Monday, January 14, 2019

Trash-Free Potomac

The Potomac Watershed Roundtable met last Friday at the River View at the Jean R. Packard Center in the Occoquan Regional Park. It is a beautiful place to meet and the view of the Occoquan River was amazing. One of the speakers was Samantha Battersby the new Program Coordinator for the Trash-Free Potomac Watershed Initiatives at the Alice Ferguson Foundation.

Established in 1954, the Alice Ferguson Foundation aims to connect people to their local watersheds through education, stewardship and advocacy. The Trash Free Potomac Watershed Initiative seeks to prevent litter and the negative impacts of trash on our waterways. They coordinate the Annual Potomac River Watershed Cleanup working with the region’s soil and water conservation districts, community groups, employers, and schools. The Potomac River Watershed Cleanup is the largest regional event of its kind and happens over several weekends every April. It is a great opportunity to engage with the environment, and help restore the earth.

What started as a few cleanup events along the Potomac River is now a regional event spanning Maryland, Virginia, the District of Columbia, West Virginia, and Pennsylvania. The Potomac River Cleanup is the largest regional event of its kind. Over the past 31 years 145,000 volunteers have picked up and removed a total of 7 million pounds of trash from the Potomac Watershed.

The Alice Ferguson Foundation has several programs designed for education and outreach: The Hard Bargain Farm which has interactive educational and outreach programs geared to elementary school children. Bridging The Watershed which operates programs for middle and high school students. The Trash-Free Potomac Watershed Initiatives Trash-Free Potomac Watershed Initiatives for citizens at large and the adult populations teaches how trash impacts the watershed and what we all can do to help. The Trash Free School Initiative examines trash at elementary schools with the students to develop plans to reduce trash.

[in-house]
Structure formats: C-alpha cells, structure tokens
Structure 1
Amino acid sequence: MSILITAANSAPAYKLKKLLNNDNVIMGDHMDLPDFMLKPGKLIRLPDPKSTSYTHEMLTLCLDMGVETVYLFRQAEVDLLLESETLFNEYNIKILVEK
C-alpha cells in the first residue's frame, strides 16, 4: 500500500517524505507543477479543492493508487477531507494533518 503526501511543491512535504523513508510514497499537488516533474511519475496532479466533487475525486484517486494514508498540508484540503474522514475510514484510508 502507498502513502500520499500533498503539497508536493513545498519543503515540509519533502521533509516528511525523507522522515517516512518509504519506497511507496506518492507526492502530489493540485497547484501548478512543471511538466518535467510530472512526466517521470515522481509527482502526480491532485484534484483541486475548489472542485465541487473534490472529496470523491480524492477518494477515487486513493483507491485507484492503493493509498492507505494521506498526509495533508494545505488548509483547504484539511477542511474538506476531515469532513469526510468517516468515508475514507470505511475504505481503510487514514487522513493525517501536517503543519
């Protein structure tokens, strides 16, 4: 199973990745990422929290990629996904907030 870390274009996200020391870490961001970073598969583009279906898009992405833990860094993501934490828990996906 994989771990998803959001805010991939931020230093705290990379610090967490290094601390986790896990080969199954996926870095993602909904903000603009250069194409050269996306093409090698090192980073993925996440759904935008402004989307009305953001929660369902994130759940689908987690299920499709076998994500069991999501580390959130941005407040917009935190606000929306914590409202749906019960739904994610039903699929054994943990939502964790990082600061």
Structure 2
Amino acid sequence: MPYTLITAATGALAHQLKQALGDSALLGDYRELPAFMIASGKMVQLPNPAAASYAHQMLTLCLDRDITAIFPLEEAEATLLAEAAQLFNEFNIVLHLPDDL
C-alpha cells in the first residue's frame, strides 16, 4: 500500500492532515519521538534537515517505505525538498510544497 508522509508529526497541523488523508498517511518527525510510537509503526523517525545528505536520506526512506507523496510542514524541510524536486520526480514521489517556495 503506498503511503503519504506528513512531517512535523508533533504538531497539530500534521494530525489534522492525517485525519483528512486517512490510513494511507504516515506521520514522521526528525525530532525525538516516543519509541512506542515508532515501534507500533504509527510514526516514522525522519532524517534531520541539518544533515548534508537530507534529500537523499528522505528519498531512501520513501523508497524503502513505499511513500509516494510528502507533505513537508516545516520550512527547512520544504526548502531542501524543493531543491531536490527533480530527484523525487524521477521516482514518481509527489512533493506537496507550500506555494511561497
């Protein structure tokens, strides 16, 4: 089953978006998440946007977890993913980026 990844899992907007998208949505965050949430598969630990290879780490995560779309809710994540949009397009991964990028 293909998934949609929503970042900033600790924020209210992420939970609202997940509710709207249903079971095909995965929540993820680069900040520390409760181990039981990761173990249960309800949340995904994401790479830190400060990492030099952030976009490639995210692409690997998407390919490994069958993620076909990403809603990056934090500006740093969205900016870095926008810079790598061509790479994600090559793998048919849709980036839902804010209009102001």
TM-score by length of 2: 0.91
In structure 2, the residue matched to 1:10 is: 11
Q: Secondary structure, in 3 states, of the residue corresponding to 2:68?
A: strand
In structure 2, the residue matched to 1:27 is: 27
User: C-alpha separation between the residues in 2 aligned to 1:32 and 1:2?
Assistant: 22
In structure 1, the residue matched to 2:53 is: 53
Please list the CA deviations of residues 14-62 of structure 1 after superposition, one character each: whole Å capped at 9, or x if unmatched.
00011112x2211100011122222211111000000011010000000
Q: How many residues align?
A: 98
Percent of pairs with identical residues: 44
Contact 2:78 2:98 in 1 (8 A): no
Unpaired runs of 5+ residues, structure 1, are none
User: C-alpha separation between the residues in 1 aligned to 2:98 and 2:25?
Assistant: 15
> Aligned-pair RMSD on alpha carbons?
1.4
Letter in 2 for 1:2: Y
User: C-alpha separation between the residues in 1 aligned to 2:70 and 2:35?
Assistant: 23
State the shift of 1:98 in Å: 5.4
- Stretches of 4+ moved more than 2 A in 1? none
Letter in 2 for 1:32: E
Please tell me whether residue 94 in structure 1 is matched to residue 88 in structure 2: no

As part of her presentation Samantha divided us into groups and handed each group a bag of trash that had been found in our watershed and asked us to line them up in order of how long it would take for the trash to breakdown. We all did pretty well considering that the room was filled with trash and environmental professionals. In order of decomposition (from fastest to never) we were given:
  1. Newspaper 
  2. Cardboard 
  3. Milk carton 
  4. Steel can 
  5. Aluminum can 
  6. Plastic bag 
  7. Plastic bottle 
  8. Glass bottle 
  9. Styrofoam  (never decomposes)

I will say that no one really knew how long it would take an aluminum can to decompose (400-600 years) we had all only thought about its recycling potential. Aluminum can be recycled over and over and made into food quality cans. Plastic bottles cannot be recycled into new plastic bottles- the fibers cannot be used to make food quality plastic and have to be used for fleece, carpeting or other product. Those plastic water bottles are a real problem. In recycling the problem with glass is that in the combined stream recycling the glass ends up in the bypass stream and there is too much trash ends up stuck to the glass and it cannot be recycled in our Material Recovery Facilities.

The one bin recycle system has failed. Now that China and India will no longer take our mixed recycles waste, we need to change our recycle system and our behaviors. The trash in our water ways ultimately comes from litter and improperly secured or illegally dumped of trash. Unfortunately, it is necessary to hold these river cleanups annually. Year after year volunteers clean our streams, rivers, and streambeds of trash that started as litter and carried along by stormwater and wind into our waterways and parks. Volunteers also remove items that were illegally dumped in the woods like old appliances and tires or carried by off by storms (backyard toys and boating equipment).

To solve this problem we need to change our behavior and reduce or eliminate the single use disposable products in our lives. Alice Ferguson Foundation is just one of the groups working towards that goal. In communities where there are plastic bag fees or outright bans, the number of plastic bags found in trash cleanups has fallen. Every year the Alice Ferguson Foundation holds a Trash Summit this year the theme was “Business Solutions to Plastic Pollution.” You can watch some of the videos at this link to learn about progress and idea to reduce trash. All of the solutions begin with us.

April 13, 2019 is the 31st Annual Potomac River Watershed Cleanup. Lead a cleanup, participate and work on prevention.

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